Time to give George the hook as he gets the mood wrong on a gut-wrenching day for Ireland
Pulsating games and occasions like this are among the the reasons we love sport
New Zealand’s Aaron Smith reacts as the scrum packs down. Photograph: Phil Walter/Getty Images
No words. Oh, go on then.
One of those days when, for the first 82-ish minutes of the spectacle you pity the poor blighters who don’t be loving sport, but for the remaining handful of seconds of the ding-dong you’re left concluding they’re blessed, out walking their dogs and poop-scooping and oblivious to all the ecstasy/gloom while the rest of us despairingly gnaw our remote controls.
“Gutwrenching,” as Keith Wood described it, looking for all the world like a man whose guts had, actually, been wrenched, even John Inverdale and Clive Woodward appearing like their innards had been extracted, the atmosphere in the BBC studio at full-time funereal.
“It’s great to see you show such emotion, Clive, on behalf of Ireland, I like that,” Keith grinned, O’Woodward heartily saluting our boys’ efforts, “Ireland showed the world you can beat this team”.
Well . . .
O’Woodward’s emotions were, funnily enough, in striking contrast to the Hook man over on RTÉ, the fella once again demonstrating the art of failing to capture the mood, sticking his size 16s up the backsides of the Irish team, confusing his refusal to be a fan with a microphone with the occasional need to give, you know, credit where it’s due. Tom McGurk almost had to waterboard the man to get a begrudging ‘they did well . . . ish’.
“Ireland cannot win this match,” he’d said before the contest commenced, and, for once, few of us could dissent, but when he started rambling at half-time about lucky generals and the lads getting the breaks and the whistles and the intercepts going their way and yada yada, you could only chuck your eyes heavenwards and thank the very same heavens for the BBC. Tiresome, like.
“The supreme optimist sitting beside me said after 19 minutes, Ireland have scored 19 points, I wonder can they score 80,” said Inverdale, looking in Keith’s direction, O’Woodward saying of his newly adopted country: “It’s why we love sport, we were pumping the air, they were magnificent.”
Frightening the bejayus
They were too. But McGurk hadn’t exactly filled us with hope pre-match, frightening the bejayus out of us.
“Only so often in a generation do the sporting Gods appear . . . that unforgettable divinity of the athletic and the aesthetic . . . Jesse Owens, Pele, Muhammed Ali, Georgie Best, Jack Nicklaus, Diego Maradona . . . Brazil 1970, Spain in ’08, the Wales rugby team of the 1970s . . . closer to home, the sporting gods living next door, Christy Ring, Mick O’Dwyer, Jack Kyle, DJ, Chippy, Arkle, Keano, Michael Gibson, Tony McCoy, legendary teams like Kerry and Kilkenny. Our memories of them age like fine wines, today we salute perhaps the greatest rugby team ever, if not the greatest team of all time.”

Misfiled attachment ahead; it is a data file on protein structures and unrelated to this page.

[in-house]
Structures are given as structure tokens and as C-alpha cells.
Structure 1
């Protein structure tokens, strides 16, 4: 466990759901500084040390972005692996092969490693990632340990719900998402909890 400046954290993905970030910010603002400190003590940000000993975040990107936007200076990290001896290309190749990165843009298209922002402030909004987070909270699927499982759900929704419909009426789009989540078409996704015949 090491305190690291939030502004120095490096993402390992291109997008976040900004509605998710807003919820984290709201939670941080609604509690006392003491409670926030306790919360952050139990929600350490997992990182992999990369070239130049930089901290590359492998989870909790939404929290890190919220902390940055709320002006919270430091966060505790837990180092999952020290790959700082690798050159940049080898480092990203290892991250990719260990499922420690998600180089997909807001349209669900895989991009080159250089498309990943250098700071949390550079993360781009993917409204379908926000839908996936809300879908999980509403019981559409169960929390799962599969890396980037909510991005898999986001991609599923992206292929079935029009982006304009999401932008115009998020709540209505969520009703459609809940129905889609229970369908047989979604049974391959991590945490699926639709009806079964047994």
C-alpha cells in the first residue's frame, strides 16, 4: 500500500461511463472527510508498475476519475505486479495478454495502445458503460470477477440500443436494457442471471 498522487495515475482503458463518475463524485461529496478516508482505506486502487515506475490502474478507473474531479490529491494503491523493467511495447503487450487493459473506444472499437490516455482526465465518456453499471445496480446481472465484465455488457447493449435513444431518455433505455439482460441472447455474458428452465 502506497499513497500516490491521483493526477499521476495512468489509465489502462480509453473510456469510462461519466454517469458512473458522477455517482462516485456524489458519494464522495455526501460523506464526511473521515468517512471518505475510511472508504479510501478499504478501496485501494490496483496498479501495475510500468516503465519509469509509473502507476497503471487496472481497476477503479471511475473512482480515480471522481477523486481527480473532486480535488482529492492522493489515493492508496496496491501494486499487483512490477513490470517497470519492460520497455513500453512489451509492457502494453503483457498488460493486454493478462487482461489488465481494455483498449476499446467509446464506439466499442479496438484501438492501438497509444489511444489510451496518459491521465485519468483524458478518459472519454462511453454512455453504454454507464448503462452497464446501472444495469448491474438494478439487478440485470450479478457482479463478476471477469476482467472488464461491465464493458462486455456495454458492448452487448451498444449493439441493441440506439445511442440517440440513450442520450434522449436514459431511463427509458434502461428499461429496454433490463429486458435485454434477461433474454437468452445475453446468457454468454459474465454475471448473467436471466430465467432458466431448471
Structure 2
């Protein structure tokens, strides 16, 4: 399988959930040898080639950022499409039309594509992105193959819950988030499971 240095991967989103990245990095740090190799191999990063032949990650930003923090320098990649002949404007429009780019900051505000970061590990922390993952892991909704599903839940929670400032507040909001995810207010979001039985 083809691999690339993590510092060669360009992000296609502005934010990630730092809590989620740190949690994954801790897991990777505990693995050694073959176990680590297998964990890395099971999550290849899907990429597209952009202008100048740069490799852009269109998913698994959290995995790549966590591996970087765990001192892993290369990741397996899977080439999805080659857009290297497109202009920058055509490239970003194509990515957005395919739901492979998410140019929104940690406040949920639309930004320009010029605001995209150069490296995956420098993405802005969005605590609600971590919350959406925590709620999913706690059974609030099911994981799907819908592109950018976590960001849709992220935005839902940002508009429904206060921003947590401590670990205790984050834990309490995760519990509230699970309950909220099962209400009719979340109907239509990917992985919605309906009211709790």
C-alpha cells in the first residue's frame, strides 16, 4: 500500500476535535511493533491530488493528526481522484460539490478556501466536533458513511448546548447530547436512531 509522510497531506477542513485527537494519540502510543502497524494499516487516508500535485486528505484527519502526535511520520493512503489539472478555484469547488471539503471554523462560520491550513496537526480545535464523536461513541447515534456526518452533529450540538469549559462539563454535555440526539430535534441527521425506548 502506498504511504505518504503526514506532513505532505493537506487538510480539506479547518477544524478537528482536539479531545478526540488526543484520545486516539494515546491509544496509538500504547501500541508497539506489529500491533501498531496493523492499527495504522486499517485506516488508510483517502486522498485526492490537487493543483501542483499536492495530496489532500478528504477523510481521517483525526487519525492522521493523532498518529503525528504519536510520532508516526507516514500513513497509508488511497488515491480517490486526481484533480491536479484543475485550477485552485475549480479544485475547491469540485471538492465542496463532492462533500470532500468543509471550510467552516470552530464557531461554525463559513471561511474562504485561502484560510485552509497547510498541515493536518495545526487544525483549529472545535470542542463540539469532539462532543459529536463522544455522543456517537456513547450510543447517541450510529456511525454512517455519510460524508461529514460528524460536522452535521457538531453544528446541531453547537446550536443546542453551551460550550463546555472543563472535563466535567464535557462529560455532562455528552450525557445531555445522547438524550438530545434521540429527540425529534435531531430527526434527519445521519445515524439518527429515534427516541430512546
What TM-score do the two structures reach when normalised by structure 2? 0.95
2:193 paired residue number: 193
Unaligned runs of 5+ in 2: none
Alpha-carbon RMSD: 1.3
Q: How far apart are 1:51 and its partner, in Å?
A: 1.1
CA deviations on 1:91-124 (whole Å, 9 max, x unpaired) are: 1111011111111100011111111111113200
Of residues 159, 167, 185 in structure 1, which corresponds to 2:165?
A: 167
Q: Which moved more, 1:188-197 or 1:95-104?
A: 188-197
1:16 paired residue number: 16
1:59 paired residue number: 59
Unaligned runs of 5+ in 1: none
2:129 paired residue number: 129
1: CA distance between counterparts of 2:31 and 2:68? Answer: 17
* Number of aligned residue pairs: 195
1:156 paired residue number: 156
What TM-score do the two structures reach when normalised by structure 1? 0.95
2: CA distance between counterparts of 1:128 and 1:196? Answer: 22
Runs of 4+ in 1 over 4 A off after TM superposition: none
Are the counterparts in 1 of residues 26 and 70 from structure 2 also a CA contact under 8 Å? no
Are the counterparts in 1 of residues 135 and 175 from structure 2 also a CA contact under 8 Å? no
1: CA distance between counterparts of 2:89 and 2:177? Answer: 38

Confession: Googled to see if Arkle was a lady, on the off chance Tom had included a single she in his pantheon. A gelding.
“That’s okay, then,” Sonia O’Sullivan, Katie Taylor, Fionnuala Britton, Briege Corkery, Derval O’Rourke, Angela Downey et al might have said.
No matter, plus ca change . . . and all that. Mind you, Brent Pope later mentioned Sonia in his list of Irish sporting legends who were/are allergic to moral victories, as if we didn’t love the fella enough. He should give Tom a copy of ‘The Second Sex for Christmas.
Hope? Divil a bit.
“If we stand off them we will get murdered,” warned Conor O’Shea, the gist of the chat whether or not our boys could avoid humiliation.
“Sport is sport because special things can happen,” said Conor, but even if he didn’t believe in miracles, doubting we’d witness anything remotely special, the best we could hope for a spirited mauling.
Spirited? God, yeah.
A mauling. Nope.
But when Donal Lenihan reckoned the lads were “getting closer to immortality” late on in the second half you feared it was a fate-tempting George Hamilton-esque moment, and so, gutwrenchingly, it proved.
“Who writes this stuff,” asked Ryle Nugent as we waited for that try verdict.
“Forward! Forward,” howled Lansdowne.
“Nigel, you made award the try,” said the telly judge man, and all you could hope was that Santa won’t come down his chimney this Christmas.
And the retaken conversion? Kill us, why don’t you.
Epically fabulous, all the same.
“One of the most pulsating games of rugby union we’ll ever have the privilege of watching,” said Eddie Butler, Brian Moore agreeing, while noting:
“New Zealand? What can you say? Winners.”
Yeah, yeah, they are. Sport is sport because special things can happen. And, on Sunday, they almost did.
Hats off for the effort, we’ll remember it for a year or, well, a hundred.